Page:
It is a further object of the invention to provide capacitance change switching by moving a conductive elastomeric member into contact with dielectric material on the surface of a pair of spaced coplanar plates and compressing the elastomeric material to effect a change in capacitance which is detected for switching purposes.
The present invention employs a pair of relatively thin conductive plates or film on the surface of a non-conductive substrate with a coating of dielectric material over the exposed faces of the plates. A user moveable actuator or direct contact effects compression of a resilient conductive pad or disc which is in contact with the dielectric material and continued movement of the actuator effects compression of the elastomeric disc which brings about a change of capacitance of the plates which is detectable for effecting a switching function. In one embodiment the resilient pad is conductive elastomeric material and in another embodiment the pad is non-conductive elastomer with a thin conductive foil on the surface thereof.
FIG. 1 is an exploded view of the switch assembly of the present invention;
FIG. 2 is a top view of the assembled switch of FIG. 1;
FIG. 3 is a section view taken along section indicating lines 3--3 of FIG. 2;
FIG. 4 is a section view taken along section indicating lines 4--4 of FIG. 2;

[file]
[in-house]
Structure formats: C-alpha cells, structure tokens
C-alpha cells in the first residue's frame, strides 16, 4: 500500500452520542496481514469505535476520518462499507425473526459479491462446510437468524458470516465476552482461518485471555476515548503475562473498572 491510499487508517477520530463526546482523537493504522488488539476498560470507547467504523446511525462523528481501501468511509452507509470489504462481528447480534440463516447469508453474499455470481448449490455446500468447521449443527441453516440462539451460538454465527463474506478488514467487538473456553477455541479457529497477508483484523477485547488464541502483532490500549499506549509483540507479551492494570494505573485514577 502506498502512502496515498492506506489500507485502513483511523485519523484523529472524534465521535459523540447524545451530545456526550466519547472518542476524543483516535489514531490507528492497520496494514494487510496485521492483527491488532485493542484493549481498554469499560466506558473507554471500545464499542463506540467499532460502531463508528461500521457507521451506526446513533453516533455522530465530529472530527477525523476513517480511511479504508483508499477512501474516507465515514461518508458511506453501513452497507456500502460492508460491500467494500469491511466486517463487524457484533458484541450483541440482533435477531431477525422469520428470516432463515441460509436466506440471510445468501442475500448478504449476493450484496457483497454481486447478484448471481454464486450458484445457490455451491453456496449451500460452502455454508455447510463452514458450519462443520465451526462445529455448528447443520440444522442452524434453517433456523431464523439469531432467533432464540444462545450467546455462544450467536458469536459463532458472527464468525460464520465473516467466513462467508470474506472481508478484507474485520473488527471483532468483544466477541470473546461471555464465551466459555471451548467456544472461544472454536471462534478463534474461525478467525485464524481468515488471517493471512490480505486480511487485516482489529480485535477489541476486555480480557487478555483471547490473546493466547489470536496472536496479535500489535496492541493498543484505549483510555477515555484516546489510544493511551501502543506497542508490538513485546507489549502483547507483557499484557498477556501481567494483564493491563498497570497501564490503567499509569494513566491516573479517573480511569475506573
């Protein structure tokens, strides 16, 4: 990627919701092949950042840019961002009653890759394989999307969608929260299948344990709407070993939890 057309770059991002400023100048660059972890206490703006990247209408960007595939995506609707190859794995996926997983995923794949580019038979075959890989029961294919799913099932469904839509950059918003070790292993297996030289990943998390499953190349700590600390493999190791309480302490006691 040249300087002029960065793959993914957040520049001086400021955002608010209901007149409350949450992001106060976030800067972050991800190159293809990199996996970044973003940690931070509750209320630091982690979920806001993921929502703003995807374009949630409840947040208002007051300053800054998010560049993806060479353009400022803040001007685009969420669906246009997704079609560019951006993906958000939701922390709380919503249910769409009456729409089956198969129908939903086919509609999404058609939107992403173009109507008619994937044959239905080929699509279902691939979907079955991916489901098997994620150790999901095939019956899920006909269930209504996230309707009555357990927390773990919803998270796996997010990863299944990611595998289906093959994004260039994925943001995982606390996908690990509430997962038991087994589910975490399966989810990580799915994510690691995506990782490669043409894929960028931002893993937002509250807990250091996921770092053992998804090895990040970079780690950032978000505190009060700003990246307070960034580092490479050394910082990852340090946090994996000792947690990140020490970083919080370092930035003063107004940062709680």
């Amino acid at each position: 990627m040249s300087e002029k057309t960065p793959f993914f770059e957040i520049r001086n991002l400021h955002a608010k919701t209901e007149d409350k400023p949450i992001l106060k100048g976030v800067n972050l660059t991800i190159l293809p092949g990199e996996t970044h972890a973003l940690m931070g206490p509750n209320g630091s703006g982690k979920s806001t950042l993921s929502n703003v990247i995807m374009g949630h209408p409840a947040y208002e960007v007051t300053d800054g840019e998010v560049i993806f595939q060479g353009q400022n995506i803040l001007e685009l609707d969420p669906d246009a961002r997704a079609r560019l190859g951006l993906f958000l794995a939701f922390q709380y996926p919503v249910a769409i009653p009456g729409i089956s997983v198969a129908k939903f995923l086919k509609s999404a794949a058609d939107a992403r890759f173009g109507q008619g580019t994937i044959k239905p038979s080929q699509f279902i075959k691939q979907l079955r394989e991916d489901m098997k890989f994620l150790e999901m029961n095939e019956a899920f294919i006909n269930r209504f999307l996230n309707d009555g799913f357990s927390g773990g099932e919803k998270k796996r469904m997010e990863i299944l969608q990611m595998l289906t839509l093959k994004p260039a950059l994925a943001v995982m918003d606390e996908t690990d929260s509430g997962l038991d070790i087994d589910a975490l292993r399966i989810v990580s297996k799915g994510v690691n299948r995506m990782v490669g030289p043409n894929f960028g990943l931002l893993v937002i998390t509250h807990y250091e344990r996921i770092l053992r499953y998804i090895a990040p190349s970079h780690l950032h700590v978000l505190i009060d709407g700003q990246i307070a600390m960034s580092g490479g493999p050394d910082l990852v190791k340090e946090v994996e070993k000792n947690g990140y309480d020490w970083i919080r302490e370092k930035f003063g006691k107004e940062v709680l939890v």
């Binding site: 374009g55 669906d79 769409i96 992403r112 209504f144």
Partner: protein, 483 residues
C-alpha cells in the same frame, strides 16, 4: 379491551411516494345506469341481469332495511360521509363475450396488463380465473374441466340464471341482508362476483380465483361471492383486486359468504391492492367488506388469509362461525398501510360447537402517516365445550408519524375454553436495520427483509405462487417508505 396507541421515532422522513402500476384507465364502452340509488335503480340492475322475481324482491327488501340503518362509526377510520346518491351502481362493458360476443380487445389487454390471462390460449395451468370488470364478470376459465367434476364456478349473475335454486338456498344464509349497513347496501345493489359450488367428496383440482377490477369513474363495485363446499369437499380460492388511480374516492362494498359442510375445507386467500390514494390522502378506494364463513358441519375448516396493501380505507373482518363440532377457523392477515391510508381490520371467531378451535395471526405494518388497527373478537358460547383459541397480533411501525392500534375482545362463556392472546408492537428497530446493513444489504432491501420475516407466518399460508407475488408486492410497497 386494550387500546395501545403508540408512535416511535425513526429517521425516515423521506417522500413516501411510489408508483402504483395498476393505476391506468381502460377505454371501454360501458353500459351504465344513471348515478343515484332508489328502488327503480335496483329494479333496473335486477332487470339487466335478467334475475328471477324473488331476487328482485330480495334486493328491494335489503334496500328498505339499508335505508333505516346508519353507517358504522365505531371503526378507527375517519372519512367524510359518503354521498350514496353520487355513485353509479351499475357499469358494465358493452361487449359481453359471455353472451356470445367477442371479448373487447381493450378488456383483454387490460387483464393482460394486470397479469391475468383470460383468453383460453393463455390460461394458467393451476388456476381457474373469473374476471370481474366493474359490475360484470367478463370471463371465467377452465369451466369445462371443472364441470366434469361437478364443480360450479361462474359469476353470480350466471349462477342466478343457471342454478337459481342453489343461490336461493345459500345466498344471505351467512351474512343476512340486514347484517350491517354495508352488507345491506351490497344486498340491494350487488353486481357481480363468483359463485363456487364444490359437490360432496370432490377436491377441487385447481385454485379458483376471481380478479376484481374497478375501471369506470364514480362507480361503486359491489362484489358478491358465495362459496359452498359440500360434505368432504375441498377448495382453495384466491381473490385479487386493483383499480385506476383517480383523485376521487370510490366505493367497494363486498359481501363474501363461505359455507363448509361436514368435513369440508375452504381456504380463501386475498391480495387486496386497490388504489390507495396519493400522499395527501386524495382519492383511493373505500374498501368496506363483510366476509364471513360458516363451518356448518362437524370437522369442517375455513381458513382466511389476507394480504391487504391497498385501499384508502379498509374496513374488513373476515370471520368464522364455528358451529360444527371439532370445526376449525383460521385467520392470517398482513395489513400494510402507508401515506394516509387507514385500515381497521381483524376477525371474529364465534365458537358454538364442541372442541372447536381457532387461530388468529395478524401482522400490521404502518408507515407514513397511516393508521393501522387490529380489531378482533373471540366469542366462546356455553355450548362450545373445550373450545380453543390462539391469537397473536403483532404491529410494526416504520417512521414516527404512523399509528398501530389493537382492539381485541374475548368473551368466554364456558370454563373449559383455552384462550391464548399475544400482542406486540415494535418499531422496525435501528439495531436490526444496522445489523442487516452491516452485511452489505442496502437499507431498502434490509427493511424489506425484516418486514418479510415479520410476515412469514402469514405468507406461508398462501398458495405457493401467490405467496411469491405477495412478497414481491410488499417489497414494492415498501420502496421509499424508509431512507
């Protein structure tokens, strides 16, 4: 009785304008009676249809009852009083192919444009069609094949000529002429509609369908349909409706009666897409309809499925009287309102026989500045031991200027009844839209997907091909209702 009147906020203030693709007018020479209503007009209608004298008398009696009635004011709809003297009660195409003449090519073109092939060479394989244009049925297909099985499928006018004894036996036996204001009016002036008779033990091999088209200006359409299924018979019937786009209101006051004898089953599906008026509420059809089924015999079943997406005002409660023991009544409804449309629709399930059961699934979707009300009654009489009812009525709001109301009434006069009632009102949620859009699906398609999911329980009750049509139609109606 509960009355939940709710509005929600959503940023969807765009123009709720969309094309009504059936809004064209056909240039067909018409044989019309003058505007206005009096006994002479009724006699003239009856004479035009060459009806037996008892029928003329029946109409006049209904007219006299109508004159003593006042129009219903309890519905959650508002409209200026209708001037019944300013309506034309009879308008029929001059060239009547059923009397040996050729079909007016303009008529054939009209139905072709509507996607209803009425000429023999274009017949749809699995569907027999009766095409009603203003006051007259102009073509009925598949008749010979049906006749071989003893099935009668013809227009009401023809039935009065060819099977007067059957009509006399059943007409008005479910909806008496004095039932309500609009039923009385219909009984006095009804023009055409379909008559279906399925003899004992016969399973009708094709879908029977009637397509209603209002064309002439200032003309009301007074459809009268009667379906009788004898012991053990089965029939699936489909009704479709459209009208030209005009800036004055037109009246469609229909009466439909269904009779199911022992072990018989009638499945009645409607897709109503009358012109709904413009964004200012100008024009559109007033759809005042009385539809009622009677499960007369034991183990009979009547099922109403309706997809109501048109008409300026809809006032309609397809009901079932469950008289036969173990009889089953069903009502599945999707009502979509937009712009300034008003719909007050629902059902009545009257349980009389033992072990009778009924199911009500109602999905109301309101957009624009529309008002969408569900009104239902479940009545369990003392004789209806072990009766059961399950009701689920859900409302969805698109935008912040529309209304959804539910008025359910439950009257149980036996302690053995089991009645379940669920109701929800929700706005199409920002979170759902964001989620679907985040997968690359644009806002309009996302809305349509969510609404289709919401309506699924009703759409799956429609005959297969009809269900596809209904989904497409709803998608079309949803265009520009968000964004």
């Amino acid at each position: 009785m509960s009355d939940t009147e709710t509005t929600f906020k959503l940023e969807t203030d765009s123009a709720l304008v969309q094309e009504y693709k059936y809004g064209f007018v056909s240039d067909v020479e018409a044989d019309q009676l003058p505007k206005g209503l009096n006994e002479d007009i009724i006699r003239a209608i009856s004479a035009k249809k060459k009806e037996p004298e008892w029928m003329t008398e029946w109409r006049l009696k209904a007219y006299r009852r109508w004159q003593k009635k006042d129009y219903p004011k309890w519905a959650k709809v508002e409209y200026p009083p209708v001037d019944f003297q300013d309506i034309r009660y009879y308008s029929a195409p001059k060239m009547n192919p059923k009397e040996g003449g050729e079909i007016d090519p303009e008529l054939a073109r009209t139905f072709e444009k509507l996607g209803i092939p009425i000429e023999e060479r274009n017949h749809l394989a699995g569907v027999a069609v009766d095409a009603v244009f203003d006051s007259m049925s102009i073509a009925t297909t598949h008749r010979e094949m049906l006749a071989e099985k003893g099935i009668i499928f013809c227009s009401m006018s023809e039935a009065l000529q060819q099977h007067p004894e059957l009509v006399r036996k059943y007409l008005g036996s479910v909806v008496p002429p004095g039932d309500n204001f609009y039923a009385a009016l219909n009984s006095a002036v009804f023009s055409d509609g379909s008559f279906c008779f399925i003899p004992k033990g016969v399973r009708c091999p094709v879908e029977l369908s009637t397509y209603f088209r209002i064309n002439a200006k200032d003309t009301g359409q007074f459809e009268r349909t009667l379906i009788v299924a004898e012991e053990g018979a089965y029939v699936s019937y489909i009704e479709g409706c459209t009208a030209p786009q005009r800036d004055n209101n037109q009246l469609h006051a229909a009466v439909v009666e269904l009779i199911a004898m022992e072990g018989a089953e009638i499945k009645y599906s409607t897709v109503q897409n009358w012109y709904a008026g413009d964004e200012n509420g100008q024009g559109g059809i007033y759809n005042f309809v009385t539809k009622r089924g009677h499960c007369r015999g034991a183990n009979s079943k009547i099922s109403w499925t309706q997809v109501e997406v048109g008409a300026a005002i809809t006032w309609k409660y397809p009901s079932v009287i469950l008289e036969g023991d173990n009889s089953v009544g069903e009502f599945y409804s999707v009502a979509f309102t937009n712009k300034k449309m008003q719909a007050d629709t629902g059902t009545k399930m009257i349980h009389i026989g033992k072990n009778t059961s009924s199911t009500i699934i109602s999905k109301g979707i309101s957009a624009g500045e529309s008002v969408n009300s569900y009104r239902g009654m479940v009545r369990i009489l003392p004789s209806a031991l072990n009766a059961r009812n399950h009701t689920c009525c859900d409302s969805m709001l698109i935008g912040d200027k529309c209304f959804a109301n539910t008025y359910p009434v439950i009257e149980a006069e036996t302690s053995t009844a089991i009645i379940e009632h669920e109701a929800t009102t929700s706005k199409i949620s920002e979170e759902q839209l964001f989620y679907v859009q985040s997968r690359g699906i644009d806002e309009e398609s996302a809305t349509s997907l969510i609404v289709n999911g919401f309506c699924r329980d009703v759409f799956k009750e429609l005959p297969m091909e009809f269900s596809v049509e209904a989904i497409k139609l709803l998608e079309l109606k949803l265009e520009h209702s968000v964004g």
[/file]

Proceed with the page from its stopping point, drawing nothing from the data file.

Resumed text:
FIG. 5 is an enlarged view taken along section indicating lines 5--5 of FIG. 1;
FIG. 6 is a graphical plot of values of capacitance as a function of pad compression for the embodiment of FIG. 5.
FIG. 7 is another embodiment of the invention; and,
FIG. 8 is a graph similar to FIG. 6 for the embodiment of FIG. 7.
Referring to the drawings, the switch assembly indicated generally at 10 has a housing means comprising a main frame 12 and a cover 14 which is attached, preferably snap-locked, to the frame 12. A substrate or base 16 is sandwiched between the main frame 12 and cover 14 and secured therebetween. The cover 14 preferably has a plurality of tabs or projections 18 disposed thereabout which engage correspondingly disposed grooves 20 provided about the periphery of the lower portion of frame 12 in snap-locking engagement.
Frame 12 has attached thereto a preferably hollow cylindrical tower portion 22 which is attached to the mainframe 12 by snap-locking engagement of a plurality of lugs 24 disposed about the periphery of the tower 22 at or adjacent one end thereof. The tower 22 is nested in the frame 12 such that the lugs 24 engage an undercut or shoulder 26 provided therein. The tower portion 22 is slidably received in the counter-bore 28 formed in the frame 12 and a spring 30 is nested about the outer periphery of the tower 22. One end of the spring 30 is registered against an annular shoulder 32 provided in the bore 28.
The opposite end of spring 30 is registered against the under surface 34 of a push button 36 received over the end of the tower 22. Push button 36 has an annular registration portion 38 depending from the undersurface which is snap-lock engaged with a groove 40 formed in the inner periphery of the tower 22 for retaining the push button thereon.
Substrate or base 16 has a pair of plates 42,44 formed of conductive material and which may be thin film conductive material disposed in spaced coplanar arrangement, each having a tab or connector portion respectively 46,48 formed thereon for attachment of electrical leads thereto. If desired electrical connections may be made by soldering leads to the tabs 46,48 as denoted respectively by reference numerals 50,52 in FIG. 1.